Friday, May 28, 2010

Writing That Stellar Novel Part Three: Trimming the Fat

It's the most dreaded part of novel-writing, I think. None one likes to do it. I certainly don't. If you do enjoy it, please let me know why. Did you have a head injury, perhaps? The rest of us, though... there is nothing worse than editing for length.

Over-long novels. It happens to the best of us. It certainly happened to me. When I finished the first draft of The Ledger Domain, my book had 202,000 words.

Yes, you read that right. 202,000 words. And that's actual words, not "manuscript length" based on pages. I had a whole extra book's worth of material.

That sort of length for a first novel is UNPUBLISHABLY long. Don't let anyone fool you or lie to you. I'll shoot it to you straight. If you have a novel that long, it's not going to get published as is. You need to edit. Period.

The thing about it is, if you're novel is that long... you need to edit. It's not just about being "too long to publish." There isn't a reason for your book to be that long. Mine certainly didn't need to be. There was a lot in there that needed cutting.

For some, that editing could be that you need to cut the book in the middle somewhere. If you have a place close to half-way through the book that would be a good stopping point... great! Now you have the first two novels in a series! Congratulations! More often than not, though, that won't be the case. For the rest of us, we need to edit.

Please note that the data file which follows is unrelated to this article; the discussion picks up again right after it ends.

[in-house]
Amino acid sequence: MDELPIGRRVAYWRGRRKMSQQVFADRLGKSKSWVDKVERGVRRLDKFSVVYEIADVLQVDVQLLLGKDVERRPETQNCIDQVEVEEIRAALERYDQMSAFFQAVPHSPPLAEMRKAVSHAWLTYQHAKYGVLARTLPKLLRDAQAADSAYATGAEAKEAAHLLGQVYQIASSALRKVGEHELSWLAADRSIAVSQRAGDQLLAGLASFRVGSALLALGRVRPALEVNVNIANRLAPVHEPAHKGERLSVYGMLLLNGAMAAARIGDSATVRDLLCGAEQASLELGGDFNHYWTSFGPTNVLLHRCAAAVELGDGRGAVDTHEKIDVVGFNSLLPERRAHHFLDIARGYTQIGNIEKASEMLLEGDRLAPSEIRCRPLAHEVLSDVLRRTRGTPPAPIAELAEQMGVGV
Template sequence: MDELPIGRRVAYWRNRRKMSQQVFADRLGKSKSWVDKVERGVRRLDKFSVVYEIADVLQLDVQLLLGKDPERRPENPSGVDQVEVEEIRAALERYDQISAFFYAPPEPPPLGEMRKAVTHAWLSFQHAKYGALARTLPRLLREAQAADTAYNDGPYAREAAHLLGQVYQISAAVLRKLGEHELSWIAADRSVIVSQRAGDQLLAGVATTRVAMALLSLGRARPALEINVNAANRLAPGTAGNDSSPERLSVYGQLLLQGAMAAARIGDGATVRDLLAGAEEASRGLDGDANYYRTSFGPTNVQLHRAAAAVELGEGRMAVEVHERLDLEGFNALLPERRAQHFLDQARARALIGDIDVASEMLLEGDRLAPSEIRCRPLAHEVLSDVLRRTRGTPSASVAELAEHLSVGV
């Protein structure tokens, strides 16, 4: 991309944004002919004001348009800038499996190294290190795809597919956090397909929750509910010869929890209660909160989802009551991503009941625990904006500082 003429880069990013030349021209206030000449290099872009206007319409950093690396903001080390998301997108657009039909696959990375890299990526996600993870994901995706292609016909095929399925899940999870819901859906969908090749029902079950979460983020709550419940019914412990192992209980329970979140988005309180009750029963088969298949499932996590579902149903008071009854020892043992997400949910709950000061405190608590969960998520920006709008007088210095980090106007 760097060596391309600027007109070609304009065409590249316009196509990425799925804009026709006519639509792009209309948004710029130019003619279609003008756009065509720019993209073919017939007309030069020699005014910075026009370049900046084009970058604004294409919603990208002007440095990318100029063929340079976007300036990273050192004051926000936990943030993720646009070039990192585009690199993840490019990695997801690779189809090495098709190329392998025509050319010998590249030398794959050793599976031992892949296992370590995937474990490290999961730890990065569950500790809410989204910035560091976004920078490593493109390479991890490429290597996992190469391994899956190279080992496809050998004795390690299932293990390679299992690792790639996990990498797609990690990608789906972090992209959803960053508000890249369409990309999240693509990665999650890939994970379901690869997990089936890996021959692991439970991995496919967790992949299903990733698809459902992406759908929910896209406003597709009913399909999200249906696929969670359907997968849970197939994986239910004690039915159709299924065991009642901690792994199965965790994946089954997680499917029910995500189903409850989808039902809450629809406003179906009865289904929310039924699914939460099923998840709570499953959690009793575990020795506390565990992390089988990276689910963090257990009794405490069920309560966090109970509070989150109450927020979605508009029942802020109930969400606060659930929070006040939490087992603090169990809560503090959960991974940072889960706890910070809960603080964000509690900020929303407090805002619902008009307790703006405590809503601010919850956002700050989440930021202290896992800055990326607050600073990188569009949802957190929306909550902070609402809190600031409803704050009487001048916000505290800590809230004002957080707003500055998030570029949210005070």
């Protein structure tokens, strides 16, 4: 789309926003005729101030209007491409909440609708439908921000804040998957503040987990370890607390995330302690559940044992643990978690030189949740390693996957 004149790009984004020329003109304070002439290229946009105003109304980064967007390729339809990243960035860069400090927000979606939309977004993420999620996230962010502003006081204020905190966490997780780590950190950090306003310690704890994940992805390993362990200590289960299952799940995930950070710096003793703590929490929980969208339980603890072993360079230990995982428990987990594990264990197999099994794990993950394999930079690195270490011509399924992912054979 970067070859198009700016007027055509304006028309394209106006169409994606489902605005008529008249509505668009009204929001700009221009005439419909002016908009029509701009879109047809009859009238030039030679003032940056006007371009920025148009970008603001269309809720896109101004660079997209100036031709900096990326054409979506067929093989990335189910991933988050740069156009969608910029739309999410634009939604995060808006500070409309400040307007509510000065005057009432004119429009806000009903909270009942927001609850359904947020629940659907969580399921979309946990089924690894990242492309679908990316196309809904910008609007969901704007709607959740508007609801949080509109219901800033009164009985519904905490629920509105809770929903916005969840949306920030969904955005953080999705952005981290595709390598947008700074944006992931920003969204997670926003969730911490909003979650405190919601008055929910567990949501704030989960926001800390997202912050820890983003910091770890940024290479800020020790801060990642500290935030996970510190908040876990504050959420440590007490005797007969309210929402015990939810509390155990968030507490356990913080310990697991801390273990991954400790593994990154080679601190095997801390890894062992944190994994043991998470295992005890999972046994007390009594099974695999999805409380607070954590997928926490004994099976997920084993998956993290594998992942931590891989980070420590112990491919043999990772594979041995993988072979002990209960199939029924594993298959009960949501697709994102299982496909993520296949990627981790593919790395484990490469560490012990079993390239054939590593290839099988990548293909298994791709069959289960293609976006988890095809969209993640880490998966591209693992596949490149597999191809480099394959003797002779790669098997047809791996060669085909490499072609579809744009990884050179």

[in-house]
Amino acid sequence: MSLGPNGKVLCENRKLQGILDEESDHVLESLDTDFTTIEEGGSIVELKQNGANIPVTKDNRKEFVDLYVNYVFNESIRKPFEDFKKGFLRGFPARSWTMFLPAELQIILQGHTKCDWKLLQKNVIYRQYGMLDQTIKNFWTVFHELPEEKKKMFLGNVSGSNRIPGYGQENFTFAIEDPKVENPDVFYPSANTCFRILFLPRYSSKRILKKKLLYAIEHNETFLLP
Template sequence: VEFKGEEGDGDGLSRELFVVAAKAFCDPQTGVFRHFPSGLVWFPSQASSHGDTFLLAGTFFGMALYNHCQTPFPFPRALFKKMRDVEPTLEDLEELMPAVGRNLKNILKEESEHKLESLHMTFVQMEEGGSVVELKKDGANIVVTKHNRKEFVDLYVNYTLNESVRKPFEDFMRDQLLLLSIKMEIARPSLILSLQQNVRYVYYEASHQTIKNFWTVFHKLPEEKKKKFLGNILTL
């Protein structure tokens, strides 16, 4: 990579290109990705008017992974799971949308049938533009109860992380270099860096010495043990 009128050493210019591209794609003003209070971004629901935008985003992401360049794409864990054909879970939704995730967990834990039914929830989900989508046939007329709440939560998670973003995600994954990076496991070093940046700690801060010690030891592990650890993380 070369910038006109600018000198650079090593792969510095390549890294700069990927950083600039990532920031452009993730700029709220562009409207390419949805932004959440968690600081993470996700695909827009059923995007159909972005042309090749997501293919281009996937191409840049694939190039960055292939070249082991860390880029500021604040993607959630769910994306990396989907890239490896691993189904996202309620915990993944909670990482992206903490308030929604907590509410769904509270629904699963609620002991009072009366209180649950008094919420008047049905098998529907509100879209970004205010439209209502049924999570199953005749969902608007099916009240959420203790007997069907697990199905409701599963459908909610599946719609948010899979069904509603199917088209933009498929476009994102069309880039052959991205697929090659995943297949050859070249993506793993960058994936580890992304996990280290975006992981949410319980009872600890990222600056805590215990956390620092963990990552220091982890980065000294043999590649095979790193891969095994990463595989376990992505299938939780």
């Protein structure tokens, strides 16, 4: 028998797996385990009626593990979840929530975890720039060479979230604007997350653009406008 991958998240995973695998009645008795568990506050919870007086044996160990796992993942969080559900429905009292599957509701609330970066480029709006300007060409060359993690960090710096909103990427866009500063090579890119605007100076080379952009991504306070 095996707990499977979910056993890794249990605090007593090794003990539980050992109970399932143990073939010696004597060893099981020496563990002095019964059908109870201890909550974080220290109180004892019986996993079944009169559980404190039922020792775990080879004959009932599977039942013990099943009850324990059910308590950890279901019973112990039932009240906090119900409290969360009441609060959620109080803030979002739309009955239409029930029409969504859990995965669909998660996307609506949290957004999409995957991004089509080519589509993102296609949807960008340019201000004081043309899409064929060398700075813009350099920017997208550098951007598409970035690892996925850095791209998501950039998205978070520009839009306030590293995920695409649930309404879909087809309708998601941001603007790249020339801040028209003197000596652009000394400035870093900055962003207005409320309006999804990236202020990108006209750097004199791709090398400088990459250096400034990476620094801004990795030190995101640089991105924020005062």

Ok, so now what? Do you just go in and start trimming a word here and there? Not quite. I've read that a lot on blogs about this subject, but that's really more targeted for those writing magazine articles, not novels. Trimming phrasing is good, but it isn't really helpful if your talking, in my case, needing to cut 50,000 to 75,000 words or more.

Actually, the best analogy I've found for this comes in the commonly-used metaphor "trimming the fat." If your novel is anything approaching good, you'll have two types of scenes in your story: meat and fat. The meat is in the sections that are the heart of your story. These are the scenes that advance the plot. These are the scenes that tell the actual story of your book. The rest (the character development, the humorous scenes, the background stories, etc.), are "the fat."

The easiest way to get frustrated when it comes to trimming is to confuse fat for meat. You'll end up tearing your hair out saying, "I know that it's 180,000 words, but they're all important!" No, they aren't all important, actually. Yes, some of it develops your MC, but do you need that development in order for the MC to do what happens next? If it is not absolutely crucial, it's fat. How do you know it's crucial? If there is no way that the plot advances without telling that scene, it's crucial.

Typically, there are two ways in which character development is actually meat. First, it imparts something important. For example, the death of the MC's brother John two years ago might have been an important traumatic event that made the MC who they are today, but since it's not actually happening today, it's not meat. Now, if the book is about a potential terrorist attack, and John worked on the bomb squad and supposedly died in an explosion, and his body was never recovered... now that might be crucial to the plot. If we find out that John is actually the person behind the attack, then yeah. It's meat. Otherwise, it's fat.